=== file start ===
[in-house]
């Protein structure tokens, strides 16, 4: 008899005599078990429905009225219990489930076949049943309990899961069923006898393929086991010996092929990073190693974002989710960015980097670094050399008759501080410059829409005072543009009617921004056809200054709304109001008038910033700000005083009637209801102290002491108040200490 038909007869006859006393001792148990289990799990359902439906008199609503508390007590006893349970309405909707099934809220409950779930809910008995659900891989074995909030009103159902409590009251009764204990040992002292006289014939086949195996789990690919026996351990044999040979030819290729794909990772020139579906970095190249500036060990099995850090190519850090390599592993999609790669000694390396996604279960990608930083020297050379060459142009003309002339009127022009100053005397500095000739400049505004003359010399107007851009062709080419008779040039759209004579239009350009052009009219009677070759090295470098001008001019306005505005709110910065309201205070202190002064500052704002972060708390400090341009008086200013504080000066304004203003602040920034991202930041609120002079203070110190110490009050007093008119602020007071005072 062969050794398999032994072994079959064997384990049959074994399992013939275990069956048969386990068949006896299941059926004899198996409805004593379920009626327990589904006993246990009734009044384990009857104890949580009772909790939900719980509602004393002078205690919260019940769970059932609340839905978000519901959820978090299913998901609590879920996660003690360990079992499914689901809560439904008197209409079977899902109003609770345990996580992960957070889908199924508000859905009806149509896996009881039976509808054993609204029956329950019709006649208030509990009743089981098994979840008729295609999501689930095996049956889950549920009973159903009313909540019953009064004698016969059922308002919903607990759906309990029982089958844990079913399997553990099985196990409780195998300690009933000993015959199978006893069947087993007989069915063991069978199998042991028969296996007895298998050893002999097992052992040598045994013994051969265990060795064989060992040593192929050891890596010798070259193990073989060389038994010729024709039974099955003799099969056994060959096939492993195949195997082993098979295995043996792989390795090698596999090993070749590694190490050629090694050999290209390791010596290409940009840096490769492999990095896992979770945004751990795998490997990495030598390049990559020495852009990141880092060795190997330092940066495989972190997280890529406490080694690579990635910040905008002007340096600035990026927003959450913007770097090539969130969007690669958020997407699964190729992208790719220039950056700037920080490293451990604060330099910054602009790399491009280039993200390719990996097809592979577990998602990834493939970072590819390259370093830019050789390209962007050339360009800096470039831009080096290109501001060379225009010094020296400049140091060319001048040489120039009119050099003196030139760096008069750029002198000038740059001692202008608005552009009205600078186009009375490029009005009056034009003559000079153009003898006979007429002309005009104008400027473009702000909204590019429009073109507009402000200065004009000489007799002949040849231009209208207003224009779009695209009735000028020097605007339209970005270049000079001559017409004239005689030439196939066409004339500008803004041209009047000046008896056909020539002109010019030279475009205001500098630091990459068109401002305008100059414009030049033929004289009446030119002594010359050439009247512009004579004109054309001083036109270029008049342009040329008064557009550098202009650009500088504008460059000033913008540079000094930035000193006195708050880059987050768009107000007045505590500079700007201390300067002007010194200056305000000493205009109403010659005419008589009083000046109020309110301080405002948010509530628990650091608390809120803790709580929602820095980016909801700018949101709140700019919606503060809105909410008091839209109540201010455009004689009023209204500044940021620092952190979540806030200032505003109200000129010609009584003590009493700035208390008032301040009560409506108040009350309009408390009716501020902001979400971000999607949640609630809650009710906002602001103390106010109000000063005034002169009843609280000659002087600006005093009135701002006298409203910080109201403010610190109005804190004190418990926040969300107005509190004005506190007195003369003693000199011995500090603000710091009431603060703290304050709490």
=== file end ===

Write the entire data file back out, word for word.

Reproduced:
[in-house]
């Protein structure tokens, strides 16, 4: 008899005599078990429905009225219990489930076949049943309990899961069923006898393929086991010996092929990073190693974002989710960015980097670094050399008759501080410059829409005072543009009617921004056809200054709304109001008038910033700000005083009637209801102290002491108040200490 038909007869006859006393001792148990289990799990359902439906008199609503508390007590006893349970309405909707099934809220409950779930809910008995659900891989074995909030009103159902409590009251009764204990040992002292006289014939086949195996789990690919026996351990044999040979030819290729794909990772020139579906970095190249500036060990099995850090190519850090390599592993999609790669000694390396996604279960990608930083020297050379060459142009003309002339009127022009100053005397500095000739400049505004003359010399107007851009062709080419008779040039759209004579239009350009052009009219009677070759090295470098001008001019306005505005709110910065309201205070202190002064500052704002972060708390400090341009008086200013504080000066304004203003602040920034991202930041609120002079203070110190110490009050007093008119602020007071005072 062969050794398999032994072994079959064997384990049959074994399992013939275990069956048969386990068949006896299941059926004899198996409805004593379920009626327990589904006993246990009734009044384990009857104890949580009772909790939900719980509602004393002078205690919260019940769970059932609340839905978000519901959820978090299913998901609590879920996660003690360990079992499914689901809560439904008197209409079977899902109003609770345990996580992960957070889908199924508000859905009806149509896996009881039976509808054993609204029956329950019709006649208030509990009743089981098994979840008729295609999501689930095996049956889950549920009973159903009313909540019953009064004698016969059922308002919903607990759906309990029982089958844990079913399997553990099985196990409780195998300690009933000993015959199978006893069947087993007989069915063991069978199998042991028969296996007895298998050893002999097992052992040598045994013994051969265990060795064989060992040593192929050891890596010798070259193990073989060389038994010729024709039974099955003799099969056994060959096939492993195949195997082993098979295995043996792989390795090698596999090993070749590694190490050629090694050999290209390791010596290409940009840096490769492999990095896992979770945004751990795998490997990495030598390049990559020495852009990141880092060795190997330092940066495989972190997280890529406490080694690579990635910040905008002007340096600035990026927003959450913007770097090539969130969007690669958020997407699964190729992208790719220039950056700037920080490293451990604060330099910054602009790399491009280039993200390719990996097809592979577990998602990834493939970072590819390259370093830019050789390209962007050339360009800096470039831009080096290109501001060379225009010094020296400049140091060319001048040489120039009119050099003196030139760096008069750029002198000038740059001692202008608005552009009205600078186009009375490029009005009056034009003559000079153009003898006979007429002309005009104008400027473009702000909204590019429009073109507009402000200065004009000489007799002949040849231009209208207003224009779009695209009735000028020097605007339209970005270049000079001559017409004239005689030439196939066409004339500008803004041209009047000046008896056909020539002109010019030279475009205001500098630091990459068109401002305008100059414009030049033929004289009446030119002594010359050439009247512009004579004109054309001083036109270029008049342009040329008064557009550098202009650009500088504008460059000033913008540079000094930035000193006195708050880059987050768009107000007045505590500079700007201390300067002007010194200056305000000493205009109403010659005419008589009083000046109020309110301080405002948010509530628990650091608390809120803790709580929602820095980016909801700018949101709140700019919606503060809105909410008091839209109540201010455009004689009023209204500044940021620092952190979540806030200032505003109200000129010609009584003590009493700035208390008032301040009560409506108040009350309009408390009716501020902001979400971000999607949640609630809650009710906002602001103390106010109000000063005034002169009843609280000659002087600006005093009135701002006298409203910080109201403010610190109005804190004190418990926040969300107005509190004005506190007195003369003693000199011995500090603000710091009431603060703290304050709490």